# How-To: Building a good Auton without Odometry or GPS

No need for the setPosition command.

By literally having one PID right after another. You type one, hit return, and then type another.

Cool

Do not keep resetting the position. We want to know how far it has gone.

Lets amend this for you:

``````    double heading = Inertial9.rotation;
while (avgDrive() < distance) {
terror = distance - avgDrive();  //distance is the desired output, and avgDrive is your function that returns the average distance traveled.
//derivative line here
toutput = terror * tkP; // + tder*tkD

rerror = heading - Inertial9.rotation(); //5
//derivative line here
routput = error * rkP; // +rder*rkD

LeftDrive.spin(forward, toutput - routput, percentUnits::pct);
RightDrive.spin(forward, toutput + routput, percentUnits::pct);

``````

There we go. However, I think that you should use volts instead of velocity. Velocity makes the smart motors run their own velocity PID, putting a second layer of conflated processing and possible oscillations and inefficiencies. By directly setting the voltage, you can ignore the built-in smart motor PIDs and directly control the motors with your feedback controller.

5 Likes

Thank you so much for your amendments . Heres my updated code with voltage and derivative. If this is all good, all that would be left is to tune it, right?

``````void translate(int distance) {
double terror;
double rerror;

double tder;
double rder;

double toutput;
double routput;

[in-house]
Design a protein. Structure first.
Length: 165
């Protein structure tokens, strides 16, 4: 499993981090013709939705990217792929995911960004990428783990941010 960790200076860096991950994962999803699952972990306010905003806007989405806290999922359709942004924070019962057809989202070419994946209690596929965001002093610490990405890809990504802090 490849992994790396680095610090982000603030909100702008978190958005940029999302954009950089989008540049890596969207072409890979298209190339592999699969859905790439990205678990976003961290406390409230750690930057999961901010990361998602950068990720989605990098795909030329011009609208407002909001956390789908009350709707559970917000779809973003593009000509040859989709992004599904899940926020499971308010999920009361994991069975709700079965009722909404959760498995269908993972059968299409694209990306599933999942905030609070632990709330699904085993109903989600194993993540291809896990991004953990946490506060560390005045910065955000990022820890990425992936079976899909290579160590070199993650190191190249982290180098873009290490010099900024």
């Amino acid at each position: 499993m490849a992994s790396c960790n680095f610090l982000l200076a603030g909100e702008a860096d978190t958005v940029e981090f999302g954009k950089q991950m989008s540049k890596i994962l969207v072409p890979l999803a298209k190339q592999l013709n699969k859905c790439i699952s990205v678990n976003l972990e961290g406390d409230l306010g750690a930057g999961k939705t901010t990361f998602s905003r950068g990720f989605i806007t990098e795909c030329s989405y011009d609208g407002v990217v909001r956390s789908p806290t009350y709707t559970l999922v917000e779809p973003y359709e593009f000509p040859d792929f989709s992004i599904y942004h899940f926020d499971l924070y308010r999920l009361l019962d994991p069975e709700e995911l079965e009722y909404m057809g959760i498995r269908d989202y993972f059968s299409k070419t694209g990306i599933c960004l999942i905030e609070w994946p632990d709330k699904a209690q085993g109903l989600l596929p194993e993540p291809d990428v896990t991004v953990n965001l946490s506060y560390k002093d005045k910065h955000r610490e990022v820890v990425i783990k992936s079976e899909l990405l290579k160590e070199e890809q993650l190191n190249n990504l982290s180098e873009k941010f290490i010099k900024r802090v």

double tkP = 1.5;
double rkP = 1.5;

double rkD = 1.5;
double tkD = 1.5;

double tlastError = 0;
double rlastError = 0;

while (avgDrive() < distance) {
terror = distance - avgDrive();  //distance is the desired output, and avgDrive is your function that returns the average distance traveled.
tder = terror - tlastError;
toutput = (terror * tkP) + (tder * tkD); // + tder*tkD

rerror = heading - Inertial9.rotation(); //5
rder = rerror - rlastError;
routput = (rerror * rkP) + (rder*rkD); // +rder*rkD

LeftDrive.spin(forward, toutput - routput, voltageUnits::volt);
RightDrive.spin(forward, toutput + routput, voltageUnits::volt);

rlastError = rerror;
tlastError = terror;
}
}``````

Very good. Looking at this, I feel like my advise fell short of an optimally formatted and labeled version of this, but I cannot think of what a better version might look like. At least it is well formatted, logical, and easy to read.

I recommend setting your motors back to zero position at the start of this, outside of the while loop.

Now you are going to want to eventually put in some integral elements, but they are much harder to work with due to windup, and when you do you will need to reduce kp by a factor of around *0.7 to make up for the added push of the integral term.